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The origins of Eugene Garfield Associates


My first wife leaves me and coping as a single parent
Eugene Garfield Scientist
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It’s funny how, you know, people think they’re doing you a favour by not, by... loyalty takes you in funny directions. When I met my first wife we were, you know, we were very much in love, she was 7 years older than me, and already... and she was a... very brilliant woman, had almost like a photographic memory, she had been a physics major and decided to go to medical school after she’d gotten her degree in physics. But, when she was out in Berkeley during the war, moved out there, she worked at the Lawrence Radiation Lab and she met the fellow who was her, became her second, her next husband, and Marvin Weinstein, who... we’re, we’re still good friends, but he was the beau, but she hadn’t told me. She didn’t want to tell me about it because she thought, you know, she didn’t want to write me a Dear John letter. She wrote to me almost every day when I was in the army and I still have her letters. And, and Marvin didn’t want to say anything, so when, when I came out there she didn’t say that they, they, you know, cared for each other and we got married, and then after we were married she decided that it was a mistake and she wanted to live with Marvin. So, what happened was she got accepted to medical school. We were... Stefan was born in January, we moved to New York around June or July when he was only 6 months old, and she had another, other children and her 5-year-old son, Michael, was with us and he... at that point, I was his significant parent. I mean, he, he didn’t know any, anybody else but me at that point. And so the two of them were with me in, in this apartment in the Bronx, and she had decided that she was going to go to medical school regardless of what I decided to do, and she was going to live with Marvin, so she made a deal with her mother to send Michael out to live with his grandmother. And I came home one day and she told me he wasn’t there anymore and I could do what I wanted to do about the fact that she was going to leave. So, I, I decided, I don't know, rightly or wrongly, well, you’re not going to take my son with you, you already shipped off Michael who I, who was my, I considered my child, you didn’t even ask me. Of course, with the legal issue she was entitled to do that. And, so I took Stefan with me. So, here I had this baby, 6 months old, I found out what it is to be a single parent in New York, and male. If you’re a woman it’s not so terrible, in those days it wasn’t, anyhow. I had a lot of experience with taking care of kids in those circumstances and the bias against men is incredible. I could not... they would not accept my son in any childcare centre unless any one of the female members of my family refused to take him, okay. So, my sister was not unwilling to say she wouldn’t take him, right, she convinced my mother the same, they wanted, in a sense forced me to leave the kid with them. So, I started working as a cab driver to support a nursemaid and I went to live with my son near Columbia University. I had a, I rented one huge room and this nursemaid was, I forget her name, Nellie I think her name was, she came to take care of Stefan while I went to work, or when I was in school, whatever. And that didn’t work out too long, very long, and then I, I, for while I, I found a... I, I shared an apartment with another... a, a woman who had a child and we shared the cost of a nursemaid, and I could leave the baby there. And, that didn’t last too long. I had some really interesting experiences. It turned it out that she was married to a guy who was a homosexual and I had never had any experience in dealing with people like that before, you know, and everything. So, that lasted for a certain length of time, and then finally what happened was that I... let me see, during that period what did I do? I decided that I would leave Stefan with my sister. He went to live with my sister. And that eventually proved to be somewhat disastrous because her, her husband was a, sort of, almost psychotic, and... so, somehow I managed to get through college, you know, working. I worked, you know, this is... and I oftentimes I get the period before graduating and after, there’s two different periods in which I had to work because later when I left and I’d already been to Johns Hopkins, I came back. I had to do a similar thing, to work and go to school at the same time, when I worked at the, at... when I went to the Library School I had two different jobs, you know, I had a scholarship and I had, and I also had worked in the Hickory, the Old Hickory Bookshop which was a, really a mail order medical history bookstore, and they, the people that ran that sponsor a, a scholarship IC at the, the Medical Library Association.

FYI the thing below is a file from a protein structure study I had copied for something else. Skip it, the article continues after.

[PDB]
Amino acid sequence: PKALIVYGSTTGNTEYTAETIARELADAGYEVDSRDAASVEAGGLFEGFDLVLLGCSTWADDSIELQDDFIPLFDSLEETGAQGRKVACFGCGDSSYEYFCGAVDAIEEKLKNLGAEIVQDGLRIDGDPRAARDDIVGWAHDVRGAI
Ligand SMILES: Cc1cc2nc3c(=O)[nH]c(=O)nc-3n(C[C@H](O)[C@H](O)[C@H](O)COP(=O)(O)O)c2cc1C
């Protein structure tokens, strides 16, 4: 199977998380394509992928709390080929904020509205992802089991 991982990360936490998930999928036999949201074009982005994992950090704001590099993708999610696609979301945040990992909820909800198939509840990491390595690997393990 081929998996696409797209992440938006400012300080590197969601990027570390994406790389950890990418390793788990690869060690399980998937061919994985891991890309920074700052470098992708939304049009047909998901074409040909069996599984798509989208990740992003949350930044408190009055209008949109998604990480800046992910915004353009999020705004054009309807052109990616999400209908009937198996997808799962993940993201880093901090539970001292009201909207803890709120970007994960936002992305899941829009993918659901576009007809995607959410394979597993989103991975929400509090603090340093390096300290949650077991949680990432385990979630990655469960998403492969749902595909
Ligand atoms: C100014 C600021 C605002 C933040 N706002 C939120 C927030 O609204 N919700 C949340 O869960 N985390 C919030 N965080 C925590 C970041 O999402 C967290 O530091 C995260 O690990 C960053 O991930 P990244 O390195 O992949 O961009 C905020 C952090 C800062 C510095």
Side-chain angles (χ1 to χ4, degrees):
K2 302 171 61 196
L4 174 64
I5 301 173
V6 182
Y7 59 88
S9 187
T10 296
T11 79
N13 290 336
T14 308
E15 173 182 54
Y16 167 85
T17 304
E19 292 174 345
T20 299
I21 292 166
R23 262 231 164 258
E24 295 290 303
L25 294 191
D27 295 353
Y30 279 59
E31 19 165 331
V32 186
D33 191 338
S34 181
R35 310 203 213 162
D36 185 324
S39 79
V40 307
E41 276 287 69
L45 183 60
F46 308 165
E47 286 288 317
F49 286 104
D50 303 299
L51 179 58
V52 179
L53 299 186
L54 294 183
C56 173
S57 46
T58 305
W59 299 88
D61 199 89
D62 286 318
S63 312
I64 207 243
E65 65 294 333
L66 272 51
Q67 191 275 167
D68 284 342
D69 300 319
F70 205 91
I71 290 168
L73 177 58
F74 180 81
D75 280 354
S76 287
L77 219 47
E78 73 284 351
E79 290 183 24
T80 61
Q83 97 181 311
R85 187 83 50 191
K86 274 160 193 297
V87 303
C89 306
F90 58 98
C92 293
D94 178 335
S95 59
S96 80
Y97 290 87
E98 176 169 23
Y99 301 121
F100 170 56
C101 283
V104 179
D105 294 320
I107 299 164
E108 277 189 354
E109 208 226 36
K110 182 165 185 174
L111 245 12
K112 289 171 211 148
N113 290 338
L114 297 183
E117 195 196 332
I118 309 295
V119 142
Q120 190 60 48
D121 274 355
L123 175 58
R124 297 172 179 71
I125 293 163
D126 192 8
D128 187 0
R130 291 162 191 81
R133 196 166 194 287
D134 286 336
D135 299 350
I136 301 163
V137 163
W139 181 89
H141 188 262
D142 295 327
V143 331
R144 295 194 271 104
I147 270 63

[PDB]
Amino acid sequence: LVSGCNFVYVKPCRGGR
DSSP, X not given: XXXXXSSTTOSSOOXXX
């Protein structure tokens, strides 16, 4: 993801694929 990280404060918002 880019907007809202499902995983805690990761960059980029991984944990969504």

Eugene Garfield (1925-2017) was an American scientist and publisher. In 1960 Garfield set up the Institute for Scientific Information which produced, among many other things, the Science Citation Index and fulfilled his dream of a multidisciplinary citation index. The impact of this is incalculable: without Garfield’s pioneering work, the field of scientometrics would have a very different landscape, and the study of scholarly communication would be considerably poorer.

Listeners: Henry Small

Henry Small is currently serving part-time as a research scientist at Thomson Reuters. He was formerly the director of research services and chief scientist. He received a joint PhD in chemistry and the history of science from the University of Wisconsin. He began his career as a historian of science at the American Institute of Physics' Center for History and Philosophy of Physics where he served as interim director until joining ISI (now Thomson Reuters) in 1972. He has published over 100 papers and book chapters on topics in citation analysis and the mapping of science. Dr Small is a Fellow of the American Association for the Advancement of Science, an Honorary Fellow of the National Federation of Abstracting and Information Services, and past president of the International Society for Scientometrics and Infometrics. His current research interests include the use of co-citation contexts to understand the nature of inter-disciplinary versus intra-disciplinary science as revealed by science mapping.

Duration: 7 minutes, 18 seconds

Date story recorded: September 2007

Date story went live: 23 June 2009